Western Australia’s upper house still uses the discredited group voting ticket system to distribute preferences, the same system last used for the Senate in 2013. This system has encouraged a proliferation of candidates and parties running in the upper house election, breaking the record set in 2017.
Articles from The Tally Room
Nominations closed in Western Australia on Friday, with a record number of candidates nominating in both houses.
463 candidates have nominated for the Legislative Assembly, up from 415 in 2017, which was itself a substantial record. 325 candidates have nominated for the Legislative Council, up from 302 in 2017. That was the first time more than 200 candidates had nominated for an election, but the trend has continued this year.
Nominations will close later today for the Western Australian state election (12pm WA time).
I have been keeping up a list of candidates who have announced they are running for my election guide.
The list features 266 candidates for the lower house, as well as 63 different groups running across the six upper house regions.
The summer break is over for the Tally Room, and I’m back with a big new project: the guide to the 2021 Western Australian state election is now complete.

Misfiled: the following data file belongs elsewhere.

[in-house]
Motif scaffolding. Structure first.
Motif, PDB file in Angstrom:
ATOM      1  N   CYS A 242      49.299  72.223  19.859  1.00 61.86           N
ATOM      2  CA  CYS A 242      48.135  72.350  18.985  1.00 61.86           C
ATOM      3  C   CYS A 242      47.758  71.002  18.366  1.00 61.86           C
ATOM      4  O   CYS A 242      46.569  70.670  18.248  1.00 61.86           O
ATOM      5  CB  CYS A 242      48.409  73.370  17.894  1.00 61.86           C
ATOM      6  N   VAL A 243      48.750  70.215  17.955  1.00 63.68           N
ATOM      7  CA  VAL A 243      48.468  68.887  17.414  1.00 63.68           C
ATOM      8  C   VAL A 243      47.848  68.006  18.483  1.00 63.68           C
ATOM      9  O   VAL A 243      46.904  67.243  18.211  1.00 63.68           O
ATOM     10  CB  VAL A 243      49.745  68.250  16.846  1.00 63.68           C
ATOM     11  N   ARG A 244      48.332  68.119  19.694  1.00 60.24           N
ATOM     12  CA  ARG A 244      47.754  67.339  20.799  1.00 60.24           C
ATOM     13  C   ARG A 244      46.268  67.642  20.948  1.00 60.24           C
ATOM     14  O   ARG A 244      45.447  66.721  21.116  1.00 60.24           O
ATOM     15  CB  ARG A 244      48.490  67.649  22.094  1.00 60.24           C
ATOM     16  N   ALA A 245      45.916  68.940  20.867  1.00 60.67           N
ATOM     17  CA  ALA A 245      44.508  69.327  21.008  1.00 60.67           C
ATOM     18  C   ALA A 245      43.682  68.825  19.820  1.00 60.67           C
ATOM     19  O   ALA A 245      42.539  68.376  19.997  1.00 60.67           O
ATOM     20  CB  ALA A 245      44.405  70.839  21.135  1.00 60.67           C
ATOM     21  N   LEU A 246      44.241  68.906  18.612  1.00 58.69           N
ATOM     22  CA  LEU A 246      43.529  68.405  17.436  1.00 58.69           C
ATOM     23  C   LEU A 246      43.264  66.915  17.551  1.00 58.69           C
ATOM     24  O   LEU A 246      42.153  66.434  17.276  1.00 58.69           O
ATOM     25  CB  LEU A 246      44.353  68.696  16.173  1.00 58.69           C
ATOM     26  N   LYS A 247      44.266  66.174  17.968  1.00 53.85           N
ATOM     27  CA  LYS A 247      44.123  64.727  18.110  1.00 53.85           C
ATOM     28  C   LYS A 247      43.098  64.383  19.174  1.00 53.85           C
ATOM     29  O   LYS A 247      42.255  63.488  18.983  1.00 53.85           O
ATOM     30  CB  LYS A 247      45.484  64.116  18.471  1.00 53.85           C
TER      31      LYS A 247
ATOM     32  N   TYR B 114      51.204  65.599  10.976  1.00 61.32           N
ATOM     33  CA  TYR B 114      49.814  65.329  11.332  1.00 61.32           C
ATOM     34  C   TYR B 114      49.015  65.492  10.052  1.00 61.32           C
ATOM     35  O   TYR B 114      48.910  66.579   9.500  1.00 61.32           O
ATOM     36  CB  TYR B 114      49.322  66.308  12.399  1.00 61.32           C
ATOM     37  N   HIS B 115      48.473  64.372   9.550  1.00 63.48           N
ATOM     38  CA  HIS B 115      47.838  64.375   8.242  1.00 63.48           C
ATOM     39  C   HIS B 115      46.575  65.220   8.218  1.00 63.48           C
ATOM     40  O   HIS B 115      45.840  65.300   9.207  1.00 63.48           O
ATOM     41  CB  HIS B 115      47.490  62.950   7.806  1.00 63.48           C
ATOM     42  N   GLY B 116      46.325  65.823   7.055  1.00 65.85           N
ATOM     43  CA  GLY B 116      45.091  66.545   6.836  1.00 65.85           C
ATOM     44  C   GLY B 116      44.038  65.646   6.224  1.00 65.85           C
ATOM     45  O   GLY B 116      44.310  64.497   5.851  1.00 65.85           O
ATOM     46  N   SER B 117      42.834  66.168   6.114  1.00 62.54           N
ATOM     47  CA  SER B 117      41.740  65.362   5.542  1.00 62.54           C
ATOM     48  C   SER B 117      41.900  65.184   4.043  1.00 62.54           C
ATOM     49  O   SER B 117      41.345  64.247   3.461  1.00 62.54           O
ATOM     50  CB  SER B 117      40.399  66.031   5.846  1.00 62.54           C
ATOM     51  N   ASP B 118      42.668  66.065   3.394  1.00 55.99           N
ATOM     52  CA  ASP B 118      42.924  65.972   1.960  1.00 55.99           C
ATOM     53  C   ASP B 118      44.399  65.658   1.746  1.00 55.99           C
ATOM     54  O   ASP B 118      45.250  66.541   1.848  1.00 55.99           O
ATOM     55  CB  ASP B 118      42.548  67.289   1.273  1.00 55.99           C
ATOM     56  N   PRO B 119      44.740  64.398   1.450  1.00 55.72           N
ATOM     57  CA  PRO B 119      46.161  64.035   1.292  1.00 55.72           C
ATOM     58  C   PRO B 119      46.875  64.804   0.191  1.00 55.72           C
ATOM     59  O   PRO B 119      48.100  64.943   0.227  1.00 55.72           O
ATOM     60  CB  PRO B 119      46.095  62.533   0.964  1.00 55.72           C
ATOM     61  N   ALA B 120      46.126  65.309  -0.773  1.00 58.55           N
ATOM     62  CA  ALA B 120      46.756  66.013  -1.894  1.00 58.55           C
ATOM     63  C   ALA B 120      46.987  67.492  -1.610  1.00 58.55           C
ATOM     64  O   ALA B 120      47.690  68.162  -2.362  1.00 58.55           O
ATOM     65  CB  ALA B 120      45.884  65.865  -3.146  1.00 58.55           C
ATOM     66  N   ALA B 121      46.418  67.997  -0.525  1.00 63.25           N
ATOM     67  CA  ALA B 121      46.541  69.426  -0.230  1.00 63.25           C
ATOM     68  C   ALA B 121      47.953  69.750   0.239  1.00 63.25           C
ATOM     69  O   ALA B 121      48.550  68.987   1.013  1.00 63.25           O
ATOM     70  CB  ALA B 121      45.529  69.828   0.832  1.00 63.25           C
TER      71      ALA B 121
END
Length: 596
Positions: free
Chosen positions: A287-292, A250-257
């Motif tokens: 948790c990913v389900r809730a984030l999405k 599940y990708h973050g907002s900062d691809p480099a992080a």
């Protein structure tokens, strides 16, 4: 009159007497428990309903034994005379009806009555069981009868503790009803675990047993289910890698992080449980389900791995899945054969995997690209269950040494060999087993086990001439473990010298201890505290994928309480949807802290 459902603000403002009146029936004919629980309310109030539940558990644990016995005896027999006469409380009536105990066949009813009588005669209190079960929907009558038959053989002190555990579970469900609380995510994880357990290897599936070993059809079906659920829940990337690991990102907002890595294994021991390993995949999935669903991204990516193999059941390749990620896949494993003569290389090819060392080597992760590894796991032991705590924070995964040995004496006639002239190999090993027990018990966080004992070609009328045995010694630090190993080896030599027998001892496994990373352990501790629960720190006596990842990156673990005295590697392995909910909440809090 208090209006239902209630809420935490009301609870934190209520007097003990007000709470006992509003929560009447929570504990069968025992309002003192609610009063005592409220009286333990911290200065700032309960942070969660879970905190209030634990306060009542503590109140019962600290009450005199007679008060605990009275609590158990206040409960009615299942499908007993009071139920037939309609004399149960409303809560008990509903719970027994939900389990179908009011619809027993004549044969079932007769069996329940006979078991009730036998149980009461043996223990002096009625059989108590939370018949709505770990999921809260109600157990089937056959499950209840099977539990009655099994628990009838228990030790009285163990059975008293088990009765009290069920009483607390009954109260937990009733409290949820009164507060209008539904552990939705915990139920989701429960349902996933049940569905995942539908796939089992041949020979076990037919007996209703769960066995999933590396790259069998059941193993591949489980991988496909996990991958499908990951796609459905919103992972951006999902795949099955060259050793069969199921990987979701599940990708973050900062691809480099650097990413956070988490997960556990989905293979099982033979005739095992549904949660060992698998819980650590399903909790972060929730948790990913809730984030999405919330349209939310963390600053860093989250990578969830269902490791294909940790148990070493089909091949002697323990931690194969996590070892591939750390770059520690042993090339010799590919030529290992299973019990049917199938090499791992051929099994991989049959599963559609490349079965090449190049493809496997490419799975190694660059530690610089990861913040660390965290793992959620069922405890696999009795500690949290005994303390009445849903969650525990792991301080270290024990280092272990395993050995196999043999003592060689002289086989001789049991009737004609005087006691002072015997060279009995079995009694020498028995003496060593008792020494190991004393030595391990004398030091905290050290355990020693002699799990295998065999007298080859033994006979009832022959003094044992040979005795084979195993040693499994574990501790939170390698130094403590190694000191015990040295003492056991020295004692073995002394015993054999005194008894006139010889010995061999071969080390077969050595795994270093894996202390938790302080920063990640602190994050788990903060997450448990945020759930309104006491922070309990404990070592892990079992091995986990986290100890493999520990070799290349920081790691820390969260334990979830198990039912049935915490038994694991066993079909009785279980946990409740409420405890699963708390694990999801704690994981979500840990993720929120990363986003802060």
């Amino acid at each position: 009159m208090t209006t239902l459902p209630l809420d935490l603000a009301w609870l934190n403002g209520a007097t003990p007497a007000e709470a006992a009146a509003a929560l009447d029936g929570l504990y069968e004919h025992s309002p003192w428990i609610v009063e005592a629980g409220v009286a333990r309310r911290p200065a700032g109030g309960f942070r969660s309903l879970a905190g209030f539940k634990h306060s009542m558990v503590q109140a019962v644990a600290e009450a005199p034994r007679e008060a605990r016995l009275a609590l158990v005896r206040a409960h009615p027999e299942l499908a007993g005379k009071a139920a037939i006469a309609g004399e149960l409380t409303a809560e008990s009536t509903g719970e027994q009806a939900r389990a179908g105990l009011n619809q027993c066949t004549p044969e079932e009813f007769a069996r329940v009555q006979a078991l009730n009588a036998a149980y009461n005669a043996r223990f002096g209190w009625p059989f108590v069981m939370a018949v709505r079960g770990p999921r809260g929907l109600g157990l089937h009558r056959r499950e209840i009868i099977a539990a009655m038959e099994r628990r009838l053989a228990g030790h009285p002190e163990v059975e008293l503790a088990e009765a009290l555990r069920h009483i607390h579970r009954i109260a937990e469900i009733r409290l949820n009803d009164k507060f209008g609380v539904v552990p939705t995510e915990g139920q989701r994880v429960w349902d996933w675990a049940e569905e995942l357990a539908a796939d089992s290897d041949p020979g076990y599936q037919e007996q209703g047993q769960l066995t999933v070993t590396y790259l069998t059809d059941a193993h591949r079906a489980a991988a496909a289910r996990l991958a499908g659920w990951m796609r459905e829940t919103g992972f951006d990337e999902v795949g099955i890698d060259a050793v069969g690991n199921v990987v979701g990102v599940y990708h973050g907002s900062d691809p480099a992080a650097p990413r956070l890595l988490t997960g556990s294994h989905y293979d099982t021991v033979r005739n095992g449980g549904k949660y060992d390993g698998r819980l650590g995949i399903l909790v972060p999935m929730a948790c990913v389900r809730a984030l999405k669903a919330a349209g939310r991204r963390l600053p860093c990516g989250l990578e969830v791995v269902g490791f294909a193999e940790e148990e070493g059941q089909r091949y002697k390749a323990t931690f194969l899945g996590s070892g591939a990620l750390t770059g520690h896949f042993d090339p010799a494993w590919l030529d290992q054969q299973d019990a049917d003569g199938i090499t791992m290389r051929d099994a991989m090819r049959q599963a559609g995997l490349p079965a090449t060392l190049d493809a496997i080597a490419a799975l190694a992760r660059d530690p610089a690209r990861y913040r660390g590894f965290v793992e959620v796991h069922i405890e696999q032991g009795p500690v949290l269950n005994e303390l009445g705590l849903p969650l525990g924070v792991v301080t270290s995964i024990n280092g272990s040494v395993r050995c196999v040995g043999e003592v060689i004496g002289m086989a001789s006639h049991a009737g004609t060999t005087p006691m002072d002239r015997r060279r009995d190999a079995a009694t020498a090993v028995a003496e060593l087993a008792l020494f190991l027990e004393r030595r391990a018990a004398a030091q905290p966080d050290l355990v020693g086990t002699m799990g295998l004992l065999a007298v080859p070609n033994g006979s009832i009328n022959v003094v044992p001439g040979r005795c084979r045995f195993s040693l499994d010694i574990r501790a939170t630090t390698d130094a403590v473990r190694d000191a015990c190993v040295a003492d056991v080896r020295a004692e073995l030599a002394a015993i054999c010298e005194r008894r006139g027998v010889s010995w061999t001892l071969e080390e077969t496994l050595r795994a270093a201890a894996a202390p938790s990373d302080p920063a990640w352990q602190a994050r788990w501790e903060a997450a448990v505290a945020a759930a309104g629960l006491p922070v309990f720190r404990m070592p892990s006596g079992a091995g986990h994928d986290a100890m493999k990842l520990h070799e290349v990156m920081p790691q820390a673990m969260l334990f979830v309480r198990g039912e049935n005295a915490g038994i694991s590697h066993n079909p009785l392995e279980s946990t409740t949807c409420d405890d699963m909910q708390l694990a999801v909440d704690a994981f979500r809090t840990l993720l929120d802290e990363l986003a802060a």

This state election is scheduled for Saturday March 13, and will see the first-term McGowan Labor government facing re-election with a massive majority achieved in 2017.
Now that I’ve finished posting about all of the redistributions happening at the moment, I’ll be bringing down the shutters on this blog for the next month or so.
Just as the South Australian redistribution finishes, and alongside a state redistribution in New South Wales and two federal redistributions, the starters pistol has been fired in the Victorian state redistribution.
The redistribution will be conducted based on the enrolment figures as of November 30, and each electorate must be drawn to be within 10% of the average based on that data. That average is 48,625 voters.
The final boundaries for the South Australian state electoral redistribution were released in November, and I have just finished producing my new map of the electoral boundaries, as well as my estimates of the margins.
The map is shown below:
It’s taken some time, but I have now finalised my map of the New South Wales draft electoral boundaries for the 2023 and 2027 state elections.
The boundaries were released in early November and I blogged about them at the time, but it’s taken me until now to finish my Google Earth map, which has allowed me to produce the interactive map below.
New Zealand voters cast two votes, but (unlike in Australian federal elections) they are cast on a single piece of paper. This means it is possible to determine exactly how many voters who voted for each party on the list voted for a particular candidate in the electorate. This data was published for the 2020 election yesterday.
Six days after the ACT election, we now have a fairly good sense of the shape of the Assembly. The Assembly will be led by an enlarged Labor-Greens majority, with Labor and Liberal both losing seats and the Greens gaining seats. There are two seats left in play.